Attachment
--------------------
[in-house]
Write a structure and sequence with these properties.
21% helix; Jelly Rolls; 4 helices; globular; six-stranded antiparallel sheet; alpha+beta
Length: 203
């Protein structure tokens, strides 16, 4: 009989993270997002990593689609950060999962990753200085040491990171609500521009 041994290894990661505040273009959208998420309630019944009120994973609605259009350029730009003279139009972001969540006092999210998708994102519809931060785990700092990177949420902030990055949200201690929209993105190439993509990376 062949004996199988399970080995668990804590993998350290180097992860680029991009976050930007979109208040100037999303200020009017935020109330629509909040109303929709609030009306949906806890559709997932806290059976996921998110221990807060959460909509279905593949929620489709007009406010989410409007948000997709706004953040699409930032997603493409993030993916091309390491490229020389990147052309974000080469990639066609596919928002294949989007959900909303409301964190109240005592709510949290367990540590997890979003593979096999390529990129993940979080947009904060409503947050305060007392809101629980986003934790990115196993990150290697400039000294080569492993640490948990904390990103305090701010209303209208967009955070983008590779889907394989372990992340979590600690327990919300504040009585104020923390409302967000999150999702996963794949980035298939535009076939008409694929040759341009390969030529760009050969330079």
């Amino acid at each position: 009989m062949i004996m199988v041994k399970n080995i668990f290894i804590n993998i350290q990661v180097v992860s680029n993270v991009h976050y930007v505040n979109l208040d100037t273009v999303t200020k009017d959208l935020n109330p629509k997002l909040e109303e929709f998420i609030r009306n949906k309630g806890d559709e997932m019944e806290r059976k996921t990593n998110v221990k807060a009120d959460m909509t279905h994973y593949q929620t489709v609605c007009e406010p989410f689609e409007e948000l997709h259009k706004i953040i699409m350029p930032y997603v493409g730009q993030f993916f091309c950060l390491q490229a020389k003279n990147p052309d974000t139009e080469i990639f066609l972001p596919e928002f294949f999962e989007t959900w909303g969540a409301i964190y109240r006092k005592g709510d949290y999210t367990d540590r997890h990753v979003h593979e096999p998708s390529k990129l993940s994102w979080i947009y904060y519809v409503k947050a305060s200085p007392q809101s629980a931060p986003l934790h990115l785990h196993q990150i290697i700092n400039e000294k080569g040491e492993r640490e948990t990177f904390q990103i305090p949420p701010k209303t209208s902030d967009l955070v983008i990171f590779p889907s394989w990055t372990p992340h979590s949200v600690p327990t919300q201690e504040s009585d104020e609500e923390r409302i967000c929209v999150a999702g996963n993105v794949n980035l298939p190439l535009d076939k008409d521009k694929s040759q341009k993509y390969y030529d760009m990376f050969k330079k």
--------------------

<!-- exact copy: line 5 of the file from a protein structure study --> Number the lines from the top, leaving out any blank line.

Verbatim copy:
């Protein structure tokens, strides 16, 4: 009989993270997002990593689609950060999962990753200085040491990171609500521009 041994290894990661505040273009959208998420309630019944009120994973609605259009350029730009003279139009972001969540006092999210998708994102519809931060785990700092990177949420902030990055949200201690929209993105190439993509990376 062949004996199988399970080995668990804590993998350290180097992860680029991009976050930007979109208040100037999303200020009017935020109330629509909040109303929709609030009306949906806890559709997932806290059976996921998110221990807060959460909509279905593949929620489709007009406010989410409007948000997709706004953040699409930032997603493409993030993916091309390491490229020389990147052309974000080469990639066609596919928002294949989007959900909303409301964190109240005592709510949290367990540590997890979003593979096999390529990129993940979080947009904060409503947050305060007392809101629980986003934790990115196993990150290697400039000294080569492993640490948990904390990103305090701010209303209208967009955070983008590779889907394989372990992340979590600690327990919300504040009585104020923390409302967000999150999702996963794949980035298939535009076939008409694929040759341009390969030529760009050969330079």